As one of the most common gastrointestinal disorders in the United States, gastroesophageal reflux disease (GERD) - or acid reflux - afflicts approximately 60% of the population within 12 months, and 20 - 30% on a weekly basis.
Symptoms of GERD
While the most common symptom of GERD is burning pain in the chest, other symptoms include:
- Throat irritation
- Acid taste in the mouth
- Bad breath
- Chronic cough
- Difficulty swallowing
Over time, this common disease can cause inflammation and scarring, and even lead to cancer.
Simply taking proton-pump inhibitors (PPIs) - or acid blockers - which are among the top 10 prescribed classes of drugs, only masks the problem. Recent studies have shown that acid blockers have numerous side effects, from an altered gut environment and impaired nutrient absorption to an increased risk for heart disease, kidney disease, and dementia. Although generally assumed to be safe, PPIs were only approved by the FDA for 8 weeks of use, yet they are often prescribed for months, years, and decades.
Addressing the Root Cause(s)
Addressing the root cause, of course, is the best way to heal GERD, and ironically, one of the root causes is not too much acid, but too little. This contributes to an overgrowth of bacteria in the small intestine and causes distention in the stomach, pushing the stomach contents - including acid - through the lower esophageal sphincter into the esophagus.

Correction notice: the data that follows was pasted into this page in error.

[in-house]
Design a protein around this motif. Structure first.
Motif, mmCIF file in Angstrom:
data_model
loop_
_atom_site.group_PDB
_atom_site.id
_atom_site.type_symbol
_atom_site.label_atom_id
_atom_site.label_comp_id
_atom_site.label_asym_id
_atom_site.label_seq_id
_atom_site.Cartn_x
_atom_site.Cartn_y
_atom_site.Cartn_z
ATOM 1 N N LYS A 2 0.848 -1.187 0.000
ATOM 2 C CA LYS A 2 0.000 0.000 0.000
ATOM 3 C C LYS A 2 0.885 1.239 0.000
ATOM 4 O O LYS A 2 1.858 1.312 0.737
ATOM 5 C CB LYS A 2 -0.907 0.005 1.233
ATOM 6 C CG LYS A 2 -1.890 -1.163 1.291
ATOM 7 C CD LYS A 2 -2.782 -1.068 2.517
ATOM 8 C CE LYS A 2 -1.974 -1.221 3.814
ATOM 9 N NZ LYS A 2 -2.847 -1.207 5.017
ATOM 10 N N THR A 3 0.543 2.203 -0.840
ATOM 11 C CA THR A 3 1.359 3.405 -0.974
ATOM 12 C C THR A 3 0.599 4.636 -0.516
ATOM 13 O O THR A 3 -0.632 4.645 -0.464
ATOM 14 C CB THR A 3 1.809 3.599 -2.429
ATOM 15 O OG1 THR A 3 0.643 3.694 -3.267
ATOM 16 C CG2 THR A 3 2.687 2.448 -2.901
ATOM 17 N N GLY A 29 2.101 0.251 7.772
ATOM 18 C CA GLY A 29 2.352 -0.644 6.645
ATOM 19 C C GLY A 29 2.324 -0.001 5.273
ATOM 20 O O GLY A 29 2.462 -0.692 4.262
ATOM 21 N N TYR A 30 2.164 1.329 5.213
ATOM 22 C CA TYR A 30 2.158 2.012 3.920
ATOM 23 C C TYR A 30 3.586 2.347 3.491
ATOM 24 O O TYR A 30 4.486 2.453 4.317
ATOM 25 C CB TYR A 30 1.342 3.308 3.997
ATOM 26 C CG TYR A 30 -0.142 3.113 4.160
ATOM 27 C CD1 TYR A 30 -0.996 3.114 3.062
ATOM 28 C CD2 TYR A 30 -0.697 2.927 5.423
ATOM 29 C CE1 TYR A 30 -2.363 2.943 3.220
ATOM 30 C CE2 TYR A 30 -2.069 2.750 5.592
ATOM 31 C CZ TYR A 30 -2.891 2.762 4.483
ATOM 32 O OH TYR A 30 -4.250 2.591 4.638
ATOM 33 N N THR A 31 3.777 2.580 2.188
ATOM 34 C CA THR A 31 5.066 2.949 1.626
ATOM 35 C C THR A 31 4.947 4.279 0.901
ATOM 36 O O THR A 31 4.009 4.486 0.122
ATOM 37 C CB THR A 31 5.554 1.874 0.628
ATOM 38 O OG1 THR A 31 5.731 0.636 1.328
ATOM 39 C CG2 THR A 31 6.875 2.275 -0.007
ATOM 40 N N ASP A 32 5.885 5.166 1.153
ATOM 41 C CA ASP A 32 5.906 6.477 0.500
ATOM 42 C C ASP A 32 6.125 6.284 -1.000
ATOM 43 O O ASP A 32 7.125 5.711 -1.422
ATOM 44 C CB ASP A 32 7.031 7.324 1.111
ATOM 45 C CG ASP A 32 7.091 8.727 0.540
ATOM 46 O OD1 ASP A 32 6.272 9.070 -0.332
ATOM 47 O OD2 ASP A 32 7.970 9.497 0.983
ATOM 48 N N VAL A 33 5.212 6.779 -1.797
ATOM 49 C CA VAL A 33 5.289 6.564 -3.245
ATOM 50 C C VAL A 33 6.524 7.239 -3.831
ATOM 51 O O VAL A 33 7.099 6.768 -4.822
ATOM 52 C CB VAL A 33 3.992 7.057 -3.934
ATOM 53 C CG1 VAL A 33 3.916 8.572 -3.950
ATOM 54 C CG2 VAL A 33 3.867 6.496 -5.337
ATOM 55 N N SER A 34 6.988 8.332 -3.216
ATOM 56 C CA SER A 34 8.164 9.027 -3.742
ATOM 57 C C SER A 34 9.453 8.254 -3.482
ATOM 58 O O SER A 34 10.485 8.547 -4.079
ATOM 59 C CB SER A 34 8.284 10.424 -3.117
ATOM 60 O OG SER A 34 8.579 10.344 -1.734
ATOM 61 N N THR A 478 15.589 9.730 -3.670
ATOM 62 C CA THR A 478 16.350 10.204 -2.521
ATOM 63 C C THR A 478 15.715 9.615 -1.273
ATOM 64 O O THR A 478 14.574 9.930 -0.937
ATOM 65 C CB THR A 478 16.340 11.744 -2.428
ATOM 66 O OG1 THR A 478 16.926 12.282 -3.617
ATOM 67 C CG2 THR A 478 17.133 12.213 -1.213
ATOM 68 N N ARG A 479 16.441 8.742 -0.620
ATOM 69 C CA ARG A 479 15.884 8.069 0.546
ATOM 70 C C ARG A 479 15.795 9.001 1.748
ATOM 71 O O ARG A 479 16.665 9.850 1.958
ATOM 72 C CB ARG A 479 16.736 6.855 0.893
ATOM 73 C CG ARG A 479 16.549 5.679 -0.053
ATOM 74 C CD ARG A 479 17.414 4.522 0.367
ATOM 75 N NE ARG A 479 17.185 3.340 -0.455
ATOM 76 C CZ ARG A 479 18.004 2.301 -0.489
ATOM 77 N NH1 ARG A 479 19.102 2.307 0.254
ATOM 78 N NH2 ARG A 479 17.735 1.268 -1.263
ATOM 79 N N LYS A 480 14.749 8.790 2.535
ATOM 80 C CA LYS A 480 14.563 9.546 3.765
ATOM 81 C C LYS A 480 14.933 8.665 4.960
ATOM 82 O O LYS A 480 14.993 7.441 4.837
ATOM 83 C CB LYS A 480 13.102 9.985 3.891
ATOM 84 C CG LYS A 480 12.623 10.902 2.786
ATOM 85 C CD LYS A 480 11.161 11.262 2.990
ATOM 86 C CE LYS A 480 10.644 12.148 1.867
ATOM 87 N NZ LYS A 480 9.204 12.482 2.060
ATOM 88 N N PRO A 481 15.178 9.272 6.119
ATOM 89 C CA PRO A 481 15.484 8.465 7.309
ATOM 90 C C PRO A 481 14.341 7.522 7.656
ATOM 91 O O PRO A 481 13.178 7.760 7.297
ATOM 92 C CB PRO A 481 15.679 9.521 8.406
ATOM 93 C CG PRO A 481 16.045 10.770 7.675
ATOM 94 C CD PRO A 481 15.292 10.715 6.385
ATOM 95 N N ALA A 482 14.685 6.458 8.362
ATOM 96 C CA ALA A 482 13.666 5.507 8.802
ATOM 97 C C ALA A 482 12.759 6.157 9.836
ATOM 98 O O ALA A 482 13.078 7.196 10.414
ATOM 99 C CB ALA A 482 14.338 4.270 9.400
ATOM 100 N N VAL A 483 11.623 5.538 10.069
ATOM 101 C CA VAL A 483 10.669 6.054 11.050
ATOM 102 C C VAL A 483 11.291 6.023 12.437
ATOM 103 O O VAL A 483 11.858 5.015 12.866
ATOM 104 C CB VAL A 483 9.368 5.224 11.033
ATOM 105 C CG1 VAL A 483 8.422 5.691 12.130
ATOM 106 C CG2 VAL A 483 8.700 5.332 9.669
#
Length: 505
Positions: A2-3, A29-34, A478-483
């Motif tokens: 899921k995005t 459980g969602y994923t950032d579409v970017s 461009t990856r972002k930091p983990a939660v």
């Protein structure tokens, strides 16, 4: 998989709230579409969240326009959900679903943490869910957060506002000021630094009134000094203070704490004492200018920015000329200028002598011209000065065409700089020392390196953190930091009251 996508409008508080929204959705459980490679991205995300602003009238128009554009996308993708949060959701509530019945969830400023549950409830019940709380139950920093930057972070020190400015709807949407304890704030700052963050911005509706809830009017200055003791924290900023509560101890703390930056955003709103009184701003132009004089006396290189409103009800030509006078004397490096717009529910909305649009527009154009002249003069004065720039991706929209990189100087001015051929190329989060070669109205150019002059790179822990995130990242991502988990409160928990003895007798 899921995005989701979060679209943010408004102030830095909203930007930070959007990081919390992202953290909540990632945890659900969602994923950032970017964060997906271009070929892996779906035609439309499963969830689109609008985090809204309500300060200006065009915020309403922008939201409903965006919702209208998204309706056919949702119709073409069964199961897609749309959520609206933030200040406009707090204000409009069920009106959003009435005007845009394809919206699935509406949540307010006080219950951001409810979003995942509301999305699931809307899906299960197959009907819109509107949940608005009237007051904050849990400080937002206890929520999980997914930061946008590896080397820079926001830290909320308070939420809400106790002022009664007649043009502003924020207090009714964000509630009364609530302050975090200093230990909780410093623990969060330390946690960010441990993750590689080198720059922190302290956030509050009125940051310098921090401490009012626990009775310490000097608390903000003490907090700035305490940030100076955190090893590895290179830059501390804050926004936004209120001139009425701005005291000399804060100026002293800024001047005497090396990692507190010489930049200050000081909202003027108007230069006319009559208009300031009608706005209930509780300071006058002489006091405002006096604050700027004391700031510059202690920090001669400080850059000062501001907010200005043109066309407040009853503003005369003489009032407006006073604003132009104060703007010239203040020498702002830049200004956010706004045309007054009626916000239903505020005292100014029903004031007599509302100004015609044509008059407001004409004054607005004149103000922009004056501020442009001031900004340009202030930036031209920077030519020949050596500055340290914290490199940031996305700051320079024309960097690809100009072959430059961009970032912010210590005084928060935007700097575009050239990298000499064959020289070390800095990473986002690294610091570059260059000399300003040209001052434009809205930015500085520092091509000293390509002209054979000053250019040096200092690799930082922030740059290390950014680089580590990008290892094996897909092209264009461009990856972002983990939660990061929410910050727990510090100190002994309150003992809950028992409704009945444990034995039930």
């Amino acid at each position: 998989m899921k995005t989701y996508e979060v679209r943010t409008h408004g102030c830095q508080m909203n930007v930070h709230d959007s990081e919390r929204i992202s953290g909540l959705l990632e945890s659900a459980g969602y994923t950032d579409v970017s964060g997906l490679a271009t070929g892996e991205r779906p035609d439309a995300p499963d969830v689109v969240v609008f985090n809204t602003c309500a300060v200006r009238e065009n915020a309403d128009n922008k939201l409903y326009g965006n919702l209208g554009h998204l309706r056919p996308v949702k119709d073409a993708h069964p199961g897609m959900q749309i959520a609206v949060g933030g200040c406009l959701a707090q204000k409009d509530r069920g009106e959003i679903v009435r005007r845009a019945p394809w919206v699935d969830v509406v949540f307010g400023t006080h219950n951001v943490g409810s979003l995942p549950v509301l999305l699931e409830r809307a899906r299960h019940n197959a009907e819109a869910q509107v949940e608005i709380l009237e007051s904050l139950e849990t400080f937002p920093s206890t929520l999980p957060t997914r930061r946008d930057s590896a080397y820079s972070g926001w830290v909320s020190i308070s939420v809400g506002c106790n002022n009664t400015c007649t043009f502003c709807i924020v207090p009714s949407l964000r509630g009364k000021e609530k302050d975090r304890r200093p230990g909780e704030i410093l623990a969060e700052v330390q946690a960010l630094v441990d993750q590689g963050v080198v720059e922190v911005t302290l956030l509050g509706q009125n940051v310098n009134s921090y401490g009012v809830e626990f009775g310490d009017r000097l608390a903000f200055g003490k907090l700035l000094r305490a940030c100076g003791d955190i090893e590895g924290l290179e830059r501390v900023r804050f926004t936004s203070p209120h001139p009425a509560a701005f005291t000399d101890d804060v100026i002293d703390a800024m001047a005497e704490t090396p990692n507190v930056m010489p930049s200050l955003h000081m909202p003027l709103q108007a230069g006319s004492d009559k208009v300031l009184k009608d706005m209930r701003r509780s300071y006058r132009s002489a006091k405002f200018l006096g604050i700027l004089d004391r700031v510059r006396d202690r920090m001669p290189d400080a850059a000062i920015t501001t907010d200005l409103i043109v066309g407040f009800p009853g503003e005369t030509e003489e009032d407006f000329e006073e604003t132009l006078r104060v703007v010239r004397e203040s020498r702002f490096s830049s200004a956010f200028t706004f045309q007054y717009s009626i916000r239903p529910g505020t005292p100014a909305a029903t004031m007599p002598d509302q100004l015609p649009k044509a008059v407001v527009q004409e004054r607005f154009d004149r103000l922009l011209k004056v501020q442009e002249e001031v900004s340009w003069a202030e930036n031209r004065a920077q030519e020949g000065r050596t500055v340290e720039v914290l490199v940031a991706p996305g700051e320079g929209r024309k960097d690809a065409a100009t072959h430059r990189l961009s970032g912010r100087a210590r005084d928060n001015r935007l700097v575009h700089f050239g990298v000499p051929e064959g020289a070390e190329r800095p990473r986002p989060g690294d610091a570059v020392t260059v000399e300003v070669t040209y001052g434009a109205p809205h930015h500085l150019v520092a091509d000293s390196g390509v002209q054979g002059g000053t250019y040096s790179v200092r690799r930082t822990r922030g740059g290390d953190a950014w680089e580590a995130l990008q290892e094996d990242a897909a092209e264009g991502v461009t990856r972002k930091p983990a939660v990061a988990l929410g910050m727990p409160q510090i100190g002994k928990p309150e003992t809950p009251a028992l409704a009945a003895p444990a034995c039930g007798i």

In addition to bacterial overgrowth, other common triggers of reflux include:
- Being overweight
- Overgrowth of H. pylori, a bacterium linked to GERD
- Magnesium deficiency, an important nutrient that relaxes the lower esophageal sphincter to help food go into the stomach
- Food sensitivities, including gluten and dairy
- Certain foods, including citrus fruits, chocolate, caffeinated drinks, fatty and fried foods, garlic, onions, spicy foods, peppermint, and tomato-based foods
- Eating right before bed and eating past the point of a full stomach
- Chronic stress, which negatively affects digestion and absorption
Dousing the Fire Within
- Eat a lower carbohydrate Mediterranean diet, which helps prevent fermentation and microbial overgrowth.
- Try an elimination diet to explore possible food sensitivities, including the elimination of trigger foods mentioned above.
- Try a chiropractic adjustment, which can often correct gastric reflux.
- Reduce your stress/practice healthy stress management!
- Eat smaller, more frequent meals.
- Avoid wearing tight-fitting clothes, which can cause pressure on the stomach.
- Eat several hours before bed, and remain upright after eating.
- Avoid drugs that can cause heartburn or reduce the tone of the lower esophageal sphincter, such as NSAIDs, aspirin, steroids, birth control pills.
- Consider H. pylori infection.
- Try specific supplements: SpectraZyme Metagest® - has betaine HCl and pepsin to support the breakdown of food; Digest Ease - a broad-spectrum digestive enzyme to help breakdown food; Glutagenics® - contains DGL, glutamine and aloe, all nutrients that help coat and heal stomach lining; Mag Glycinate™ - helps to relax the digestive system; Zinlori 75™ - helps build and maintain integrity of gastric mucosal lining; UltraFlora™ Acute Care - combats yeast and promotes a healthy intestinal environment.
With adherence to these suggestions, diligence, and time, hopefully, your GERD symptoms will drastically improve and then vanish - altogether!